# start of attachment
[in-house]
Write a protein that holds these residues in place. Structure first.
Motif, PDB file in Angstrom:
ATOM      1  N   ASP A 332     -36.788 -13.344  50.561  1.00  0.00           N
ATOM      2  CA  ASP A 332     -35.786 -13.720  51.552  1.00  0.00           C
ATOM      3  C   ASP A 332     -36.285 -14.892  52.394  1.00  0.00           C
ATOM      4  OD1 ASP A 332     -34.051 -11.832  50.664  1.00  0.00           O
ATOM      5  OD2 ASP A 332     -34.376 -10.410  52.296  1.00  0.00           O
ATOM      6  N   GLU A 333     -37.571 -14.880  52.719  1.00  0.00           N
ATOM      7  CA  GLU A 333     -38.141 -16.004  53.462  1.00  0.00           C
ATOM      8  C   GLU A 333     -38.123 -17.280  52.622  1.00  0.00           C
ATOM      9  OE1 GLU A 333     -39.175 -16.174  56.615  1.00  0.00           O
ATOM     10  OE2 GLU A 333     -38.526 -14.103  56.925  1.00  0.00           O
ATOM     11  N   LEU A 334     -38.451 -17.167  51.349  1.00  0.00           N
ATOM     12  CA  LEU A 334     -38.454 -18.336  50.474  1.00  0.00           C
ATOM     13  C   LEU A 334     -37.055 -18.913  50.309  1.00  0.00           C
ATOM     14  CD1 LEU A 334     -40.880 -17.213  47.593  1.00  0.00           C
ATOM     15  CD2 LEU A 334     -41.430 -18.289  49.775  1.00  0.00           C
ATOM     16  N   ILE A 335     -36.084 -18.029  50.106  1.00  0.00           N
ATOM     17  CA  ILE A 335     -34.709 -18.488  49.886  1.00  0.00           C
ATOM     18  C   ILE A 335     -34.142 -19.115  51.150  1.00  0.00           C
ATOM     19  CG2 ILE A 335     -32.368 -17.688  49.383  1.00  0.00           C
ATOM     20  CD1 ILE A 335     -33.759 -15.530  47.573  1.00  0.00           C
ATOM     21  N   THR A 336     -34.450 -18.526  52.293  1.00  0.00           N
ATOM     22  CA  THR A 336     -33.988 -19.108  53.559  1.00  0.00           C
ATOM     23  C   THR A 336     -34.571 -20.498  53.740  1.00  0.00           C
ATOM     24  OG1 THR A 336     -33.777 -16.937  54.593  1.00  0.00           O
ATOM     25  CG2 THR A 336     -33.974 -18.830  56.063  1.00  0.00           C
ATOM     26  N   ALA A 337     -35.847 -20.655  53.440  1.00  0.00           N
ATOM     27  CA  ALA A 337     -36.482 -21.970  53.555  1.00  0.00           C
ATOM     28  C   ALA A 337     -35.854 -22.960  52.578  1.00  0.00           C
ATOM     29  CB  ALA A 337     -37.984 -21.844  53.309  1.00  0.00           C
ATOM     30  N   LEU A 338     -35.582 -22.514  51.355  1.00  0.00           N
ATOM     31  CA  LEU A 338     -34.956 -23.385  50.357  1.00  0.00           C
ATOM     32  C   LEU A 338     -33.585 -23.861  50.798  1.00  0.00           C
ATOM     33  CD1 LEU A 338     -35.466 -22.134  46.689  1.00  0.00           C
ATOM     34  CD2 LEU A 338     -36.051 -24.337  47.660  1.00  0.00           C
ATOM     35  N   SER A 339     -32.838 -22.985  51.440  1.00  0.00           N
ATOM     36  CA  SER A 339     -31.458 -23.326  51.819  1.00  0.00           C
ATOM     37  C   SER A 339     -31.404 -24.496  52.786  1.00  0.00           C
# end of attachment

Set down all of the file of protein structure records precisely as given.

[in-house]
Write a protein that holds these residues in place. Structure first.
Motif, PDB file in Angstrom:
ATOM      1  N   ASP A 332     -36.788 -13.344  50.561  1.00  0.00           N
ATOM      2  CA  ASP A 332     -35.786 -13.720  51.552  1.00  0.00           C
ATOM      3  C   ASP A 332     -36.285 -14.892  52.394  1.00  0.00           C
ATOM      4  OD1 ASP A 332     -34.051 -11.832  50.664  1.00  0.00           O
ATOM      5  OD2 ASP A 332     -34.376 -10.410  52.296  1.00  0.00           O
ATOM      6  N   GLU A 333     -37.571 -14.880  52.719  1.00  0.00           N
ATOM      7  CA  GLU A 333     -38.141 -16.004  53.462  1.00  0.00           C
ATOM      8  C   GLU A 333     -38.123 -17.280  52.622  1.00  0.00           C
ATOM      9  OE1 GLU A 333     -39.175 -16.174  56.615  1.00  0.00           O
ATOM     10  OE2 GLU A 333     -38.526 -14.103  56.925  1.00  0.00           O
ATOM     11  N   LEU A 334     -38.451 -17.167  51.349  1.00  0.00           N
ATOM     12  CA  LEU A 334     -38.454 -18.336  50.474  1.00  0.00           C
ATOM     13  C   LEU A 334     -37.055 -18.913  50.309  1.00  0.00           C
ATOM     14  CD1 LEU A 334     -40.880 -17.213  47.593  1.00  0.00           C
ATOM     15  CD2 LEU A 334     -41.430 -18.289  49.775  1.00  0.00           C
ATOM     16  N   ILE A 335     -36.084 -18.029  50.106  1.00  0.00           N
ATOM     17  CA  ILE A 335     -34.709 -18.488  49.886  1.00  0.00           C
ATOM     18  C   ILE A 335     -34.142 -19.115  51.150  1.00  0.00           C
ATOM     19  CG2 ILE A 335     -32.368 -17.688  49.383  1.00  0.00           C
ATOM     20  CD1 ILE A 335     -33.759 -15.530  47.573  1.00  0.00           C
ATOM     21  N   THR A 336     -34.450 -18.526  52.293  1.00  0.00           N
ATOM     22  CA  THR A 336     -33.988 -19.108  53.559  1.00  0.00           C
ATOM     23  C   THR A 336     -34.571 -20.498  53.740  1.00  0.00           C
ATOM     24  OG1 THR A 336     -33.777 -16.937  54.593  1.00  0.00           O
ATOM     25  CG2 THR A 336     -33.974 -18.830  56.063  1.00  0.00           C
ATOM     26  N   ALA A 337     -35.847 -20.655  53.440  1.00  0.00           N
ATOM     27  CA  ALA A 337     -36.482 -21.970  53.555  1.00  0.00           C
ATOM     28  C   ALA A 337     -35.854 -22.960  52.578  1.00  0.00           C
ATOM     29  CB  ALA A 337     -37.984 -21.844  53.309  1.00  0.00           C
ATOM     30  N   LEU A 338     -35.582 -22.514  51.355  1.00  0.00           N
ATOM     31  CA  LEU A 338     -34.956 -23.385  50.357  1.00  0.00           C
ATOM     32  C   LEU A 338     -33.585 -23.861  50.798  1.00  0.00           C
ATOM     33  CD1 LEU A 338     -35.466 -22.134  46.689  1.00  0.00           C
ATOM     34  CD2 LEU A 338     -36.051 -24.337  47.660  1.00  0.00           C
ATOM     35  N   SER A 339     -32.838 -22.985  51.440  1.00  0.00           N
ATOM     36  CA  SER A 339     -31.458 -23.326  51.819  1.00  0.00           C
ATOM     37  C   SER A 339     -31.404 -24.496  52.786  1.00  0.00           C